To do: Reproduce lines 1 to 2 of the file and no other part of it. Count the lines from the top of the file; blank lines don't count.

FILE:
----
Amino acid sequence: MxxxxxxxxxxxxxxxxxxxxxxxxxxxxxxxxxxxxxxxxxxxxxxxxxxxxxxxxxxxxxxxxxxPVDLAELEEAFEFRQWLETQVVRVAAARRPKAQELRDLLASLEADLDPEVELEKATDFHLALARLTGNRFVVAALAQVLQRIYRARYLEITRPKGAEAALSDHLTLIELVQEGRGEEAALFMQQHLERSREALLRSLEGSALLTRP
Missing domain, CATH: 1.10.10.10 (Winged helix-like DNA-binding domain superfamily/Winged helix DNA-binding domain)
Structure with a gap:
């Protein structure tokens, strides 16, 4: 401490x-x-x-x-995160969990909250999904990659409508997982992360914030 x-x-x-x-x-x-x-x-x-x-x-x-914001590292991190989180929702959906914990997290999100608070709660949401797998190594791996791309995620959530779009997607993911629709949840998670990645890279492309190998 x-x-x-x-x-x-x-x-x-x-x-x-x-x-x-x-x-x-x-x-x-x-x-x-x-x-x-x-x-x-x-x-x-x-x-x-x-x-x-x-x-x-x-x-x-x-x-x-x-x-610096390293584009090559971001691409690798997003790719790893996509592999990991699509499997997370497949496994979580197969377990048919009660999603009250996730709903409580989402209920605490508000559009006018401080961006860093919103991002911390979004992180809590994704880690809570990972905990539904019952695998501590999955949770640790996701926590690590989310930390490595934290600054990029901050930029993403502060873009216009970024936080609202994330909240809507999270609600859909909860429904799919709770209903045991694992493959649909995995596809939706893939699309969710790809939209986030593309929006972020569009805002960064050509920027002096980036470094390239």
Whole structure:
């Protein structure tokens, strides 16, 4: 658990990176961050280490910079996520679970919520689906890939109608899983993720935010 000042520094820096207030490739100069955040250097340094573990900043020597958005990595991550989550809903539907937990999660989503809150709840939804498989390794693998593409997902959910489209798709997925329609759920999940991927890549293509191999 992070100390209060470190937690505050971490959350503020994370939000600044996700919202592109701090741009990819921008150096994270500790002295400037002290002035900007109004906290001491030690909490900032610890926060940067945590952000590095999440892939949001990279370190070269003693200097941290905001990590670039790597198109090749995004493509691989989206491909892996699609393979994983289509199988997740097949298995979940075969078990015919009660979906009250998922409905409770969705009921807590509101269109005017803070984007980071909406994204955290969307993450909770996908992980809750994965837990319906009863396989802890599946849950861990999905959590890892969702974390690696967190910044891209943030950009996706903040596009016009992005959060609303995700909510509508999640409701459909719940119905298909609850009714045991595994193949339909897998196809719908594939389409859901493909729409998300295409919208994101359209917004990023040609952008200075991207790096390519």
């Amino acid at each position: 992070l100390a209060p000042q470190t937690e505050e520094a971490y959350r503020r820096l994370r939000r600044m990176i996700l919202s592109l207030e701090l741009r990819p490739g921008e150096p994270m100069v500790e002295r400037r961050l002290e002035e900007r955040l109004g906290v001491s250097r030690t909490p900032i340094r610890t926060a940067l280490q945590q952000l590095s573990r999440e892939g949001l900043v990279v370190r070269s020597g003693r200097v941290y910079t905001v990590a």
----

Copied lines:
Amino acid sequence: MxxxxxxxxxxxxxxxxxxxxxxxxxxxxxxxxxxxxxxxxxxxxxxxxxxxxxxxxxxxxxxxxxxPVDLAELEEAFEFRQWLETQVVRVAAARRPKAQELRDLLASLEADLDPEVELEKATDFHLALARLTGNRFVVAALAQVLQRIYRARYLEITRPKGAEAALSDHLTLIELVQEGRGEEAALFMQQHLERSREALLRSLEGSALLTRP
Missing domain, CATH: 1.10.10.10 (Winged helix-like DNA-binding domain superfamily/Winged helix DNA-binding domain)